Dimensions:7.9in x 5.2 x 1 in | 440 gr
Page Count:364 pages
A story of identity, connection and forgiveness, A Convergence of Solitudes shares the lives of two families across Partition of India, Operation Babylift in Vietnam, and two referendums in Quebec.
Sunil and Hima, teenage lovers, bravely defy taboos in pre-Partition India to come together as their country divides in two. They move across the world to Montreal and raise a family, but Sunil shows symptoms of schizophrenia, shattering their newfound peace. As a teenager, their daughter Rani becomes obsessed with Quebecois supergroup Sensibilité—and, in particular, the band's charismatic, nationalistic frontman, Serge Giglio—whose music connects Rani to the province's struggle for cultural freedom. A chance encounter leads Rani to babysit Mélanie, Serge's adopted daughter from Vietnam, bringing her fleetingly within his inner circle.
Years later, Rani, now a college guidance counselor, discovers that Mélanie has booked an appointment to discuss her future at the school. Unmoved by her father's staunch patriotism and her British mother's bourgeois ways, Mélanie is struggling with deep uncertainty about her identity and belonging. As the two women's lives become more and more intertwined, Rani's fascination with Mélanie's father's music becomes a strange shadow amidst their friendship.
Anita Anand is an author, translator and language teacher from Montreal. She is the author of Swing in the House and Other Stories, which won the 2015 Concordia University First Book Prize and was shortlisted for the 2016 Relit Award for Fiction and the Montreal Literary Diversity Prize. Her novel, A Convergence of Solitudes, was nominated for the 2022 Paragraphe Hugh MacLennan Prize for Fiction and the 2023 Forest of Reading Evergreen Award. Her previous translations include Nirliit by Juliana Léveillé-Trudel, which was nominated for the 2018 John Glassco Prize, and Lightness by Fanie Demeule.
"A Convergence of Solitudes is an ambitious novel structured as a double album and focusing on two different families. Over the decades that their stories unfold, members of both clans grapple with solitude in its myriad forms. The novel paints a multicultural portrait of Montreal as characters converge on the city from around the world: India, Vietnam, England, Ireland. Fans of seventies prog rock will catch the sly references to Quebec superstars Harmonium. Anita Anand has created an impressive opus." —Neil Smith, author of Jones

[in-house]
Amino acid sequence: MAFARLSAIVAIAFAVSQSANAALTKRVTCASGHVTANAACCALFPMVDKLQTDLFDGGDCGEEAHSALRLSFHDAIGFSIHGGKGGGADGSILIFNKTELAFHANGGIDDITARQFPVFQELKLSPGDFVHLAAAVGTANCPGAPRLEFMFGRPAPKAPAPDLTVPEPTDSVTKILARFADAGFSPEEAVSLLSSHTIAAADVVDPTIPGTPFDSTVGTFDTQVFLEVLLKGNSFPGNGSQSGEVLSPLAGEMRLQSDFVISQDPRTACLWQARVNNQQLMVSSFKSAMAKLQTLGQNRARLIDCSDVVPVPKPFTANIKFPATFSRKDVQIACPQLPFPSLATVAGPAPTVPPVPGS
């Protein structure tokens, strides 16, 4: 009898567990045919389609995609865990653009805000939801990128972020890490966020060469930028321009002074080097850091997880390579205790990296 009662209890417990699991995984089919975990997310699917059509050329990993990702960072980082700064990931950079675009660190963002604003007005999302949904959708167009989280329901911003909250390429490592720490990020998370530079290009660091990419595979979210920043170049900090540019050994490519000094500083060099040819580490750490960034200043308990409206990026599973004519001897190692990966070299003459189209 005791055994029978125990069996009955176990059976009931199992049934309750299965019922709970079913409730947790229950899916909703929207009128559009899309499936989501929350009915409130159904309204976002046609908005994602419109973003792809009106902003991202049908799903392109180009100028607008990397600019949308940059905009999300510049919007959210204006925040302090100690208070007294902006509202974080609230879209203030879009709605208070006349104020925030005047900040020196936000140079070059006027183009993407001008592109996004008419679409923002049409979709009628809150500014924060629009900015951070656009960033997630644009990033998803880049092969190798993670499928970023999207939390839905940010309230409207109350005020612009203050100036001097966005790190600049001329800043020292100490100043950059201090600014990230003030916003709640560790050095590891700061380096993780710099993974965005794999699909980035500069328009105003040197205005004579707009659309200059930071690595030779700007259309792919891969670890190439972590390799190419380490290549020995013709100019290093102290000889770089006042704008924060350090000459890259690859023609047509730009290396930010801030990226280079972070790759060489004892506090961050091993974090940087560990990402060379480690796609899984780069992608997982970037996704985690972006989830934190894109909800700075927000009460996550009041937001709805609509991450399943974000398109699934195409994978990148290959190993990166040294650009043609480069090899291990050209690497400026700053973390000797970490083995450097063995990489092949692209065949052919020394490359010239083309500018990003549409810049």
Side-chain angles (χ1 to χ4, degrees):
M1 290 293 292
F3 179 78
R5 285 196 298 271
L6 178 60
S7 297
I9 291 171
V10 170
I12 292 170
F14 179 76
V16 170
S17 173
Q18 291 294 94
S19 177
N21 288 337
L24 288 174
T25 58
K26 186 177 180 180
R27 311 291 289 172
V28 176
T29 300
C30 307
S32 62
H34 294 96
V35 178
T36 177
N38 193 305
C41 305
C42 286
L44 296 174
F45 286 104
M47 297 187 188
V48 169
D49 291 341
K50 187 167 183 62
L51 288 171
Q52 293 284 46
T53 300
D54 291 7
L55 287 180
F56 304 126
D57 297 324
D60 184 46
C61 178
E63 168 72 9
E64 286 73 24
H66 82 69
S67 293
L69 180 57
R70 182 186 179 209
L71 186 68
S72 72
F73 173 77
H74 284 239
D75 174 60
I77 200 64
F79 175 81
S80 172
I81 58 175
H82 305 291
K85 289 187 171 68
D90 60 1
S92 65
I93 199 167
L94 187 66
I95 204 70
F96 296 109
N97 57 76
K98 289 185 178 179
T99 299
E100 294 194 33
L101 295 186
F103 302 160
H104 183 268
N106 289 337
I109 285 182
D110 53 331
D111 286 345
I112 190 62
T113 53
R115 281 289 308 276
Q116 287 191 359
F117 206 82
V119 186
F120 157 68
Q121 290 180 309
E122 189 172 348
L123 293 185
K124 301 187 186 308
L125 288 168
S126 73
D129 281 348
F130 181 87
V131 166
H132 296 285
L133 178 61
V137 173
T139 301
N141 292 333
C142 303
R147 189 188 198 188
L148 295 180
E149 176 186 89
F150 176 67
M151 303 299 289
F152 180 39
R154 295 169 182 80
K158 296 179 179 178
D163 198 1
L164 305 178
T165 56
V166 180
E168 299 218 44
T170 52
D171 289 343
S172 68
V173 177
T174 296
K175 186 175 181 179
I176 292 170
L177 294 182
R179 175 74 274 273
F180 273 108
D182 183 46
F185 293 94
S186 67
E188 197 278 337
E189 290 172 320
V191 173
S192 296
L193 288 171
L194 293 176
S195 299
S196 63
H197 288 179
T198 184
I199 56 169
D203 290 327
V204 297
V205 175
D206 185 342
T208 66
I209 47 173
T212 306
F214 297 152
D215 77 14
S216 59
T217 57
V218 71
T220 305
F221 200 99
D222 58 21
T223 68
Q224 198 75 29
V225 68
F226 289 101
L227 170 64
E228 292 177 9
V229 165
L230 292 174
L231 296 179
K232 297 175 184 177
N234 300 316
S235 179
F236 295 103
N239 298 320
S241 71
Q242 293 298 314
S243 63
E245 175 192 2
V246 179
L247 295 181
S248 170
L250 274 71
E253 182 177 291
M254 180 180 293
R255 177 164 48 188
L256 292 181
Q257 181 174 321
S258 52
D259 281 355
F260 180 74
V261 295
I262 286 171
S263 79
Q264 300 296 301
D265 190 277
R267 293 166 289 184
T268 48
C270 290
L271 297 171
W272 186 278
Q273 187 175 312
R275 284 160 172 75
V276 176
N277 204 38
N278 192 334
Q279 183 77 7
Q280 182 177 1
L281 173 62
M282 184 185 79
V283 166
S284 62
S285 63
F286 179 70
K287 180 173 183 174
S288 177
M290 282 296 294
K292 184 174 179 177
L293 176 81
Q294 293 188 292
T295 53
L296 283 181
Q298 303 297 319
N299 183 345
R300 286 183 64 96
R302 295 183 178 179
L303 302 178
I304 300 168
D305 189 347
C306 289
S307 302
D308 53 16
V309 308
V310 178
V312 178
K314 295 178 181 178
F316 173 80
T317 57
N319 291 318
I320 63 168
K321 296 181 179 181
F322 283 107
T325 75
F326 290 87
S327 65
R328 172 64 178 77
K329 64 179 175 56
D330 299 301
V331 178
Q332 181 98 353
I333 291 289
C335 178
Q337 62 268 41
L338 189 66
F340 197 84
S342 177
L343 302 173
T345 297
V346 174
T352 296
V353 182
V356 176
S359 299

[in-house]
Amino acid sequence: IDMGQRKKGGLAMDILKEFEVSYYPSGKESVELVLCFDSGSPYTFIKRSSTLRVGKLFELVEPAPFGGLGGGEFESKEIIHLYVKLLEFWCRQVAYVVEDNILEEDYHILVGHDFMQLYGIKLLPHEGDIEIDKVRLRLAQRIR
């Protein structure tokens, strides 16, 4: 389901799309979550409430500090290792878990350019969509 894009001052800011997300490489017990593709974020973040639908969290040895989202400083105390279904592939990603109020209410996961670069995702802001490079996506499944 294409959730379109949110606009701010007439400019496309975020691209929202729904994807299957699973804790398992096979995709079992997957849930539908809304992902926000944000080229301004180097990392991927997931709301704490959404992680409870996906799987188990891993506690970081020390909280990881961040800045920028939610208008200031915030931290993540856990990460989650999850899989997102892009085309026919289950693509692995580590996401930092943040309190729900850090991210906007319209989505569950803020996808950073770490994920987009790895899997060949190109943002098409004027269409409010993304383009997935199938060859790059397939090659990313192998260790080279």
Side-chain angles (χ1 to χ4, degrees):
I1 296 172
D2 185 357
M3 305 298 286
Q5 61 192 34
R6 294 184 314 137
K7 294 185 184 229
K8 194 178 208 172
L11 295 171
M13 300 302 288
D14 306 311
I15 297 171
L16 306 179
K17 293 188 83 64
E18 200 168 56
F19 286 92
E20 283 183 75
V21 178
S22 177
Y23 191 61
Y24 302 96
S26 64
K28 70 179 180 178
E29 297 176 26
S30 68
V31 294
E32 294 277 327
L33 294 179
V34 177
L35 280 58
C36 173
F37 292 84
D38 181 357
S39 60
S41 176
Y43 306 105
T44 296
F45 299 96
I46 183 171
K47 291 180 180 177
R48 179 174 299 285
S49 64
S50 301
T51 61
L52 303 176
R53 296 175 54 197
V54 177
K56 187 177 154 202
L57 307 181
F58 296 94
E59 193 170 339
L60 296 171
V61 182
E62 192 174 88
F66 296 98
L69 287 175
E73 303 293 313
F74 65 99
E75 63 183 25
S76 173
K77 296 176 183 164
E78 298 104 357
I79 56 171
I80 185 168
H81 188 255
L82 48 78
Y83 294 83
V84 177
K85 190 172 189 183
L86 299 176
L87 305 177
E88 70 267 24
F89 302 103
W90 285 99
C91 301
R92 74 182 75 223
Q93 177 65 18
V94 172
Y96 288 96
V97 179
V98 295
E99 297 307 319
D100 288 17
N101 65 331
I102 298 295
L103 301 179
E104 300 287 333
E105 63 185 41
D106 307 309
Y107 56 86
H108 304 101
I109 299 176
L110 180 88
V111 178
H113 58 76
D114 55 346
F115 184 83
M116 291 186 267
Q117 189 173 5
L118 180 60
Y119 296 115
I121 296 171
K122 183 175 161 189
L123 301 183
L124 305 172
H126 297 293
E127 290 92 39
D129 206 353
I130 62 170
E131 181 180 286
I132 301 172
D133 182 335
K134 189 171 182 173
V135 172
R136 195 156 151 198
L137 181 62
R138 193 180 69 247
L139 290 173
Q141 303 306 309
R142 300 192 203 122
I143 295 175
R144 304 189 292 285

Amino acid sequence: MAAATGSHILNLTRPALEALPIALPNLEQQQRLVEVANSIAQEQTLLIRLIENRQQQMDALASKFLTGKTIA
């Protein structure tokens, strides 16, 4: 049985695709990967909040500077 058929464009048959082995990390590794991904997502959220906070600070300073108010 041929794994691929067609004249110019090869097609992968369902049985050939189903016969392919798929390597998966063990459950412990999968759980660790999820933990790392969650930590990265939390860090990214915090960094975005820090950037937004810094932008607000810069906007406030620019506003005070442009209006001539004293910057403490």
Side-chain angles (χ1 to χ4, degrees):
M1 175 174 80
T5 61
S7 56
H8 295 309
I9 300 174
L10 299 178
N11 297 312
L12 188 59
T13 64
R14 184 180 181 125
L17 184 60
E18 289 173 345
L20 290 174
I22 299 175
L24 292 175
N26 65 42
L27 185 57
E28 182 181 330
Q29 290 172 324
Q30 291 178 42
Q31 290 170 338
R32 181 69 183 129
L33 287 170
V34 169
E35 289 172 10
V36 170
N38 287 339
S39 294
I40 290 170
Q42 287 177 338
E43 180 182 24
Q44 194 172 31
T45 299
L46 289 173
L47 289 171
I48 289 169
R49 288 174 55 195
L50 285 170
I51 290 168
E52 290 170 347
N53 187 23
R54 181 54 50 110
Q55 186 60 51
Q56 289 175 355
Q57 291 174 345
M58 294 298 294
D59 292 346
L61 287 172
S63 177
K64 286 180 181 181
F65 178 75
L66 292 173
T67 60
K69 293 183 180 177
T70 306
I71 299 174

"Refracted through the lens of Quebec's years of turbulence and hope, A Convergence of Solitudes tells the truth about the world: there were never only two solitudes, but many. By gathering us all, atoms of light, Anita Anand has focused the blazing beauty of our richness and possibility, transmuting us in our yearning and our pain into shining creatures of love. This may be the essential story of our place and our time: the world, once and always." —Elise Moser, author of Lily and Taylor
"From the seed of a love-match marriage in Partition-era India, people from multiple cultures collide and converge amid the ferment of their new home's late-20th century nationalist movement. It's an ambitious act of narrative plate-spinning that Anand pulls off with aplomb. As the title's echo of Hugh MacLennan hints, A Convergence of Solitudes presents a new way of looking at Quebec." —Montreal Gazette
"A polyphonic novel that flits in and out of the consciousnesses of a central cast of characters, all of whom are united in a common search for belonging and meaning." —That Shakespearean Rag
“A serious and ambitious book that manages to weave together complicated strands of personal and cultural history, A Convergence of Solitudes is both a beautiful and compelling contemporary Canadian novel.” —The Miramichi Reader
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